Renewed concern over Europe’s debt crisis trigger fall in oil investments

Crude oil prices fell on the Asian commodity index today, after reports flooded the sector that investors are losing confidence in Europe’s handling of its ongoing debt crisis. The dismal economic growth projections for the addled region dragged down oil investments and erased the backwardation effect that has been giving crude oil its recent edge on the charts. Worse than expected industrial production rates in the euro zone also weighed down on oil investments as the region’s demand for crude faltered.

Despite the fact that the newly appointed governments in Italy and Greece are actively pushing for the long-awaited reforms and austerity measures the nation need, traders expressed worries over the sluggish way with which Europe’s recent debt deal has been unravelling. Though Italy’s reform-shy former premier Silvio Berlusconi has now been replaced by the ex-European Commissioner Mario Monti, the country’s state of economic deterioration may be too severe to fix at this point in time. Italy’s bond yields are now the highest Europe has ever seen, and both crude oil futures and oil investments are reacting to the news accordingly, posting their first losses on the charts in more than six weeks.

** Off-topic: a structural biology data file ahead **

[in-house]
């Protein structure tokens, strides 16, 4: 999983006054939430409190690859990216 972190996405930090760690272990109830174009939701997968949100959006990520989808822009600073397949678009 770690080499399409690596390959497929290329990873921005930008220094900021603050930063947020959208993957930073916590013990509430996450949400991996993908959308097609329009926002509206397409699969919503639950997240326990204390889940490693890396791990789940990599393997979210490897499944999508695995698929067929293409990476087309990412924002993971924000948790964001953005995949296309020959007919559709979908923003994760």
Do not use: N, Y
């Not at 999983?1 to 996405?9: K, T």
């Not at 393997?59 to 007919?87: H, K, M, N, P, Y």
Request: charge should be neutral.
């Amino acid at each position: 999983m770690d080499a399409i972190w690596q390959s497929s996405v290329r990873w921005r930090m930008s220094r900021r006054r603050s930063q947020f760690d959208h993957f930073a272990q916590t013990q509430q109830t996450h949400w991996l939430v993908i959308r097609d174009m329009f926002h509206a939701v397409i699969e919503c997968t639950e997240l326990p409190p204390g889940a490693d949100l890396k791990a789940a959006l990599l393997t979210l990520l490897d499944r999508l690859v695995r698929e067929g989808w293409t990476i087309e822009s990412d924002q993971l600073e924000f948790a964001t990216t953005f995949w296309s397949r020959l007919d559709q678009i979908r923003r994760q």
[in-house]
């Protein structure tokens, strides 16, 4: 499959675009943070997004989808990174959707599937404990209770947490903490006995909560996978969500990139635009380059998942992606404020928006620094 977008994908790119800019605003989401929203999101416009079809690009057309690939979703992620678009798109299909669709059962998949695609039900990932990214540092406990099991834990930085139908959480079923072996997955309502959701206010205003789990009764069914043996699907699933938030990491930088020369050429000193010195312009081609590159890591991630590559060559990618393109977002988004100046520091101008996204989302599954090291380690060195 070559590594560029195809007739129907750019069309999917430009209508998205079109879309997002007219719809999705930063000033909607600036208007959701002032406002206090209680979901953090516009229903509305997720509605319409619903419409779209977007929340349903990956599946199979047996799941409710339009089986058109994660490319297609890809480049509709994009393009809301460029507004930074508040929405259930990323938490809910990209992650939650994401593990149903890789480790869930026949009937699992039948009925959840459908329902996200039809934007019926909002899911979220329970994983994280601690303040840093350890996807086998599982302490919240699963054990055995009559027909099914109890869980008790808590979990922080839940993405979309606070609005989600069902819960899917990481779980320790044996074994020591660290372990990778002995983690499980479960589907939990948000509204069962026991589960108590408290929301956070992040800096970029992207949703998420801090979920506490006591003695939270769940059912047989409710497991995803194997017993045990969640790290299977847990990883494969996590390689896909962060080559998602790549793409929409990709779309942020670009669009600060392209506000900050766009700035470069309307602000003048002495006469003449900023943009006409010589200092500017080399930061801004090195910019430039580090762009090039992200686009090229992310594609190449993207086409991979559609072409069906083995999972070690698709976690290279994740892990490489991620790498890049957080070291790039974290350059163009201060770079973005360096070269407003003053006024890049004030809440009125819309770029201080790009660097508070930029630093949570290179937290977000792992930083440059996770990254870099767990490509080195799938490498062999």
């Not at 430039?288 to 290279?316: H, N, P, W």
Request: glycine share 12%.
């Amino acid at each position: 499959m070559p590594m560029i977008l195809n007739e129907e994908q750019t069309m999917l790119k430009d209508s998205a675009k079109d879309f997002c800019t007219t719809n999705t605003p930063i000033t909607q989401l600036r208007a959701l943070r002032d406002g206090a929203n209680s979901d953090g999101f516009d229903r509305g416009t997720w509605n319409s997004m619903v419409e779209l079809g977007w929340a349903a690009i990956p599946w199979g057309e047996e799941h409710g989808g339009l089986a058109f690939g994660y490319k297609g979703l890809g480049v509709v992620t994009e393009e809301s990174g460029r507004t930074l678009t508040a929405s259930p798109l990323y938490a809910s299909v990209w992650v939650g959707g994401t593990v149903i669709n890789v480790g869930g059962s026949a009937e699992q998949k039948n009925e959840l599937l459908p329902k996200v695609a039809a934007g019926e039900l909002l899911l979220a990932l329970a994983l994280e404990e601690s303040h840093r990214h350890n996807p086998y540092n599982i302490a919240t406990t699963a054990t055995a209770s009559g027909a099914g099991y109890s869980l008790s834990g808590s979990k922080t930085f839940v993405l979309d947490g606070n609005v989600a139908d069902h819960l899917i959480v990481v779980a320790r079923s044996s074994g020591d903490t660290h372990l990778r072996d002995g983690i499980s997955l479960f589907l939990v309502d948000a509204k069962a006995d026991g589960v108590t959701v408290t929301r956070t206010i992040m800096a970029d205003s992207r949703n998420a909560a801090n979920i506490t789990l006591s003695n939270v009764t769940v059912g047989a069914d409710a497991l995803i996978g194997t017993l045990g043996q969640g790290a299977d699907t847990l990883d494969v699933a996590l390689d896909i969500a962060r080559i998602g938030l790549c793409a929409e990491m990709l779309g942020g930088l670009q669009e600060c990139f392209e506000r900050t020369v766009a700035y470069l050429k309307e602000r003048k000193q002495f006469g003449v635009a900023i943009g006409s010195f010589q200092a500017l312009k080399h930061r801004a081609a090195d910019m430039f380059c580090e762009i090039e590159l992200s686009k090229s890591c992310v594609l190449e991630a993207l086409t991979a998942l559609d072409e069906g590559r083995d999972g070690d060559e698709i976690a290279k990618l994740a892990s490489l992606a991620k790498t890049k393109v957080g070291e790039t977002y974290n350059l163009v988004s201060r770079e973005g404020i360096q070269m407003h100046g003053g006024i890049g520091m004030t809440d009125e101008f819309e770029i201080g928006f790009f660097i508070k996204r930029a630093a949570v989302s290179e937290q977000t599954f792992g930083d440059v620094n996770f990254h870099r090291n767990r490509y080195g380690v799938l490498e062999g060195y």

The eyes of economists and investors remain on the slow economic recovery taking place in the U.S. The nation’s retail and industrial sectors have been posting promising figures; however, its high unemployment rates are still a serious cause for worry. Commodity futures in the U.S. retreated to below $99 per barrel, after coming close to breaking past the resistant $100 per barrel mark just yesterday.

West Texas Intermediate commodity futures are currently trading at $98.64 per barrel in electronic trading on the New York Mercantile Exchange, showing a decrease of 85 cents. The U.S. benchmark commodity oil has soared more than 30% over the past six weeks, something that most economists are now attributing to its sudden sharp fall.